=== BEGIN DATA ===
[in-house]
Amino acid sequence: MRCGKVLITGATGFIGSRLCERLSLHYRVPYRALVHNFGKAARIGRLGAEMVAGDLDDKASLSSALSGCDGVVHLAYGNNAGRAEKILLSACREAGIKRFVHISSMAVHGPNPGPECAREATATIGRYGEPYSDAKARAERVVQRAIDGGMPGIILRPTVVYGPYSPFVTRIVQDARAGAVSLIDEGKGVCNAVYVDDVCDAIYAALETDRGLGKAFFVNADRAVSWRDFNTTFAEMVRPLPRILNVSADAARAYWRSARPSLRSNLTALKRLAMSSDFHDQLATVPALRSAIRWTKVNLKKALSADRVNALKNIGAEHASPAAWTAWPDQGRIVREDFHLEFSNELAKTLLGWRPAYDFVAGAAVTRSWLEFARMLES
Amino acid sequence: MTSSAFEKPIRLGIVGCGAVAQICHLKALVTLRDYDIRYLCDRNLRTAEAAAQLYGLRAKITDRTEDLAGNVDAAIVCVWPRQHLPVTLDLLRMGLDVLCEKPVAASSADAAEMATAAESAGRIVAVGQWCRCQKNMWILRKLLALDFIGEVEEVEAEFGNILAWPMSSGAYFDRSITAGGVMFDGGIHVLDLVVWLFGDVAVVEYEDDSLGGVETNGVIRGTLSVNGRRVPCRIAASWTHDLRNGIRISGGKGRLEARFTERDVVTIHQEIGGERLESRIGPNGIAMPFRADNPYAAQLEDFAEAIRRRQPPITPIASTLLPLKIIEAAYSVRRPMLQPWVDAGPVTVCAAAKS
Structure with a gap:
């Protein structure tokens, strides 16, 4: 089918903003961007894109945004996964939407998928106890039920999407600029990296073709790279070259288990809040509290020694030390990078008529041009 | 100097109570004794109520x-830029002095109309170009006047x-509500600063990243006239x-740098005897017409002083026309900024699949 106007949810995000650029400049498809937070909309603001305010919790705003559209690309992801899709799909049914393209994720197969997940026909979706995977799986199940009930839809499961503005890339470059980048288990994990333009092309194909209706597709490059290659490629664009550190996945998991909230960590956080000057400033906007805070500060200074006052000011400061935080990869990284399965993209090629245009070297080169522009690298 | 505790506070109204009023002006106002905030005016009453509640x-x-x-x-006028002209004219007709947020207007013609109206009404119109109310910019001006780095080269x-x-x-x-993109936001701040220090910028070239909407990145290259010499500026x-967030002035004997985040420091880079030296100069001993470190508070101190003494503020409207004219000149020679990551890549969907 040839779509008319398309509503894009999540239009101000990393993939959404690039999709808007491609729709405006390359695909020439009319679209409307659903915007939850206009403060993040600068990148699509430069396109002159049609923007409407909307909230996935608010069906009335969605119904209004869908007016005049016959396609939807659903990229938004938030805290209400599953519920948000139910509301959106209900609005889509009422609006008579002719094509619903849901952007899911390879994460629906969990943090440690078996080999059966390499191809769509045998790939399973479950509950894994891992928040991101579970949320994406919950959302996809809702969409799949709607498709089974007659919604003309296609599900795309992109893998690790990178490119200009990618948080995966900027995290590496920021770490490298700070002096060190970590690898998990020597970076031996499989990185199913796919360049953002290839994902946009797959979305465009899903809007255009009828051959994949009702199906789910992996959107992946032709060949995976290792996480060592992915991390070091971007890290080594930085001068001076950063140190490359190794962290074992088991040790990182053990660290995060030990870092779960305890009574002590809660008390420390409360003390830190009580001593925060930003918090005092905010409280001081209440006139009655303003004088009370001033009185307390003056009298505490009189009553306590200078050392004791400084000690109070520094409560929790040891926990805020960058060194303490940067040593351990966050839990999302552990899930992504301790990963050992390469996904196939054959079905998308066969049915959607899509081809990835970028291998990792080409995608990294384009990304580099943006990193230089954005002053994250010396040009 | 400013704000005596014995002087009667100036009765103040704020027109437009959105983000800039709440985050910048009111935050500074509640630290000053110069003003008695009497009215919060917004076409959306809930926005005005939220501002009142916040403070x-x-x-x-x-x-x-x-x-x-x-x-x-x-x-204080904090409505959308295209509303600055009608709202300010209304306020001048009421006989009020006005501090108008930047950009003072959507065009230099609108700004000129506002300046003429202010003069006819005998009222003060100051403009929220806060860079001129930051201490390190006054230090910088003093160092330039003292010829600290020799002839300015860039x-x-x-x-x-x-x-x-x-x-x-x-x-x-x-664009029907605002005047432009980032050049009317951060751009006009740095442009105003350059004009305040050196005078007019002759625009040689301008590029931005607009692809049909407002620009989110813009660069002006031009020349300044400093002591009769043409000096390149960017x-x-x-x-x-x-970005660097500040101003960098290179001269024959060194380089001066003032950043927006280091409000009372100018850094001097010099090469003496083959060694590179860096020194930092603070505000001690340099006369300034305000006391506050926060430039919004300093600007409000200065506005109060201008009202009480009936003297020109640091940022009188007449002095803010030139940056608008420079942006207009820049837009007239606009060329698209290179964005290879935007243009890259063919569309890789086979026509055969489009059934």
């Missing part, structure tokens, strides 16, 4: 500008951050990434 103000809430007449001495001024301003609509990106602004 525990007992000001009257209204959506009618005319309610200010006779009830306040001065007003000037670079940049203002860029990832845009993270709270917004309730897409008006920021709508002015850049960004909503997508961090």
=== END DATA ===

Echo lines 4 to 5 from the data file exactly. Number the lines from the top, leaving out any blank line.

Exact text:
Structure with a gap:
């Protein structure tokens, strides 16, 4: 089918903003961007894109945004996964939407998928106890039920999407600029990296073709790279070259288990809040509290020694030390990078008529041009 | 100097109570004794109520x-830029002095109309170009006047x-509500600063990243006239x-740098005897017409002083026309900024699949 106007949810995000650029400049498809937070909309603001305010919790705003559209690309992801899709799909049914393209994720197969997940026909979706995977799986199940009930839809499961503005890339470059980048288990994990333009092309194909209706597709490059290659490629664009550190996945998991909230960590956080000057400033906007805070500060200074006052000011400061935080990869990284399965993209090629245009070297080169522009690298 | 505790506070109204009023002006106002905030005016009453509640x-x-x-x-006028002209004219007709947020207007013609109206009404119109109310910019001006780095080269x-x-x-x-993109936001701040220090910028070239909407990145290259010499500026x-967030002035004997985040420091880079030296100069001993470190508070101190003494503020409207004219000149020679990551890549969907 040839779509008319398309509503894009999540239009101000990393993939959404690039999709808007491609729709405006390359695909020439009319679209409307659903915007939850206009403060993040600068990148699509430069396109002159049609923007409407909307909230996935608010069906009335969605119904209004869908007016005049016959396609939807659903990229938004938030805290209400599953519920948000139910509301959106209900609005889509009422609006008579002719094509619903849901952007899911390879994460629906969990943090440690078996080999059966390499191809769509045998790939399973479950509950894994891992928040991101579970949320994406919950959302996809809702969409799949709607498709089974007659919604003309296609599900795309992109893998690790990178490119200009990618948080995966900027995290590496920021770490490298700070002096060190970590690898998990020597970076031996499989990185199913796919360049953002290839994902946009797959979305465009899903809007255009009828051959994949009702199906789910992996959107992946032709060949995976290792996480060592992915991390070091971007890290080594930085001068001076950063140190490359190794962290074992088991040790990182053990660290995060030990870092779960305890009574002590809660008390420390409360003390830190009580001593925060930003918090005092905010409280001081209440006139009655303003004088009370001033009185307390003056009298505490009189009553306590200078050392004791400084000690109070520094409560929790040891926990805020960058060194303490940067040593351990966050839990999302552990899930992504301790990963050992390469996904196939054959079905998308066969049915959607899509081809990835970028291998990792080409995608990294384009990304580099943006990193230089954005002053994250010396040009 | 400013704000005596014995002087009667100036009765103040704020027109437009959105983000800039709440985050910048009111935050500074509640630290000053110069003003008695009497009215919060917004076409959306809930926005005005939220501002009142916040403070x-x-x-x-x-x-x-x-x-x-x-x-x-x-x-204080904090409505959308295209509303600055009608709202300010209304306020001048009421006989009020006005501090108008930047950009003072959507065009230099609108700004000129506002300046003429202010003069006819005998009222003060100051403009929220806060860079001129930051201490390190006054230090910088003093160092330039003292010829600290020799002839300015860039x-x-x-x-x-x-x-x-x-x-x-x-x-x-x-664009029907605002005047432009980032050049009317951060751009006009740095442009105003350059004009305040050196005078007019002759625009040689301008590029931005607009692809049909407002620009989110813009660069002006031009020349300044400093002591009769043409000096390149960017x-x-x-x-x-x-970005660097500040101003960098290179001269024959060194380089001066003032950043927006280091409000009372100018850094001097010099090469003496083959060694590179860096020194930092603070505000001690340099006369300034305000006391506050926060430039919004300093600007409000200065506005109060201008009202009480009936003297020109640091940022009188007449002095803010030139940056608008420079942006207009820049837009007239606009060329698209290179964005290879935007243009890259063919569309890789086979026509055969489009059934």